A list, denoted focus list, capable of storing up to F dialled numbers.

For each dialled number in the database a boolean variable, denoted Fj, to denote whether dialled number j is on the focus list.

Counters required:

For each dialled number in the database a record must be kept of the number of arriving queries in each of the last M measurement intervals, denoted Nij, where i=0, . . . , M−1, and j identifies any item in the database.

A counter for counting the total number of queries arriving in the last measurement interval, Nlast.

A counter for counting the total number of queries that have arrived in the

present measurement interval, Npresent.

Processing Actions:

Let k be the identifier of the present measurement interval.

Let i≈k (module M).

On arrival of a query message at the SCP/CPU (step 200) for dialled number j the total number of queries that have arrived in the present measurement interval, Npresent is incremented, i.e. Npresent++ (step 202).

If the last request for dialled number j was in a previous interval, i.e. If Tj<k, then the number of queries for the dialled number j in the present interval is one, i.e. Nij≈1. If the last request for dialled number j was in the present interval, Tj≈k, then the number of queries for the dialled number Nij in the present interval is incremented (step 202) (i.e. Nij++).

At the end of each measurement interval (step 204), the amount of calls to dialled number j is compared with the total amount of calls for all dialled numbers Ntot (step 206), and if the amount of calls to dialled number j in the previous interval was a significant fraction of the overall call rate, j is placed on the focus list (step 208) by assigning j the Boolean variable, Fj≈TRUE.

i.e. If

N i−lj >S*N last , F j≈TRUE

otherwise if j is on the focus list and its specific congestion level Cj is 0 and its rescaled arrival rate Ni−l/Nlast(1−fj) is less than a significant fraction S of all arriving queries, j is removed from the focus list (step 210), i.e.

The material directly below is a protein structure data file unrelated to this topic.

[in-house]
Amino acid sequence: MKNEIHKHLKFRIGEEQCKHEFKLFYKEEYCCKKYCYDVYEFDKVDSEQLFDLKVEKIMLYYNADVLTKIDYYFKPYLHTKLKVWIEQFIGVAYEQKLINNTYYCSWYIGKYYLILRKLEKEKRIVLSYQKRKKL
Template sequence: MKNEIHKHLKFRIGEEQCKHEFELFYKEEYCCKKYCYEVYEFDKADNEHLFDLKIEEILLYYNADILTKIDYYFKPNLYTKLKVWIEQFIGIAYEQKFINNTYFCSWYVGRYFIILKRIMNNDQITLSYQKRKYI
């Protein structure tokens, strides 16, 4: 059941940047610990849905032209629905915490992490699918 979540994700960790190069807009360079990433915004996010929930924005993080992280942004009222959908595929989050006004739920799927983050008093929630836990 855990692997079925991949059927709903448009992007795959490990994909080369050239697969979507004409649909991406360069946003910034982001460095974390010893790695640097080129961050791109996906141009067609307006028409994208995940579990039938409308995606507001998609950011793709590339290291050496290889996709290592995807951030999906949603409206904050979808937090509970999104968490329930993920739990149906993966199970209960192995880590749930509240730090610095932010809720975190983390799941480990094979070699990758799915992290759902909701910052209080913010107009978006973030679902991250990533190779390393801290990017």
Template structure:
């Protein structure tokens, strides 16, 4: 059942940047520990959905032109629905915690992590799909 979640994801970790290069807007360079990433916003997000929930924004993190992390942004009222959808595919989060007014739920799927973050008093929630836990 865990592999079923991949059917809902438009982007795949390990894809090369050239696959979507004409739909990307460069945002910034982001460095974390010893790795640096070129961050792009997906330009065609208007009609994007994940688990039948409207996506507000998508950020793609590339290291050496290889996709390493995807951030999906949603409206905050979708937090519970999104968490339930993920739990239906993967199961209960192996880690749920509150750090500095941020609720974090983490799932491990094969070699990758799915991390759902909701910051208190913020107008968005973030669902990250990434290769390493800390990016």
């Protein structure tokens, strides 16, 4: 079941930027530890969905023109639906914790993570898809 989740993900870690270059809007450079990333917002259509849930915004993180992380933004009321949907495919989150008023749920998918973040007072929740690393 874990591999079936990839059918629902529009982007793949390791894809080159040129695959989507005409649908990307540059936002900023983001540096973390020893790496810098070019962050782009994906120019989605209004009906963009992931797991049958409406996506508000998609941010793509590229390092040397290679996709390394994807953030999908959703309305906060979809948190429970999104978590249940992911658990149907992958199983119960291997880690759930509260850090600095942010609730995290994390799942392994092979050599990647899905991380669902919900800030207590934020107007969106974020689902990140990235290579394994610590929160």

If

(F j=TRUE) && (N i−lj/(1−f j)<S*N last) && (C j=0)

Remove j from focus list, by setting

Cj≈0

Fj≈FALSE

At the end of each measurement interval (step 204), the processor utilisation, U, is determined (step 212), and the identifier of current measurement interval, k, is incremented, (i.e. k++). Also, the total number of queries that arrived in the present measurement interval which has just ended, Npresent, becomes the total number of queries in the last measurement interval, Nlast, (i.e. Nlast≈Npresent); and Npresent is reset to zero (Npresent≈0). When there is no focussed overload, a boolean variable representing “focussed overload”≈FALSE.

The CPU also checks to see if any items on the focus list should be removed, in the following manner. For each dialled number, j, in the focus list, if the last measurement interval in which a query for number j arrived, Tj, is equal to the last but one measurement interval, i−1,

i.e. (Tj!≈i−1), the counter N1−lj is set to zero

i.e. (Ni−lj≈0) (step 214). This takes care of situation in which an item on the focus list suddenly stops receiving calls and thus does not clear the counter Ni−lj. This would have allowed the item to stay on the list even though no calls were received. Also if the rescaled arrival rate of dialled number f is less than the significant fraction S of all arriving queries, i.e. if Ni−lj/(1−ff)<S*Nlast, where fj≈Cj/Cmax, the congestion status for dialled number j divided by the maximum congestion status Cmax, then j is removed from the focus list by setting Cj to zero and boolean variable Fj to false.

Cj≈0

Fj≈FALSE

If the processor utilisation, U is less than the upper bound, Uu for processor utilisation, no overload exists (step 220). If the processor utilisation is greater than the upper bound Uu,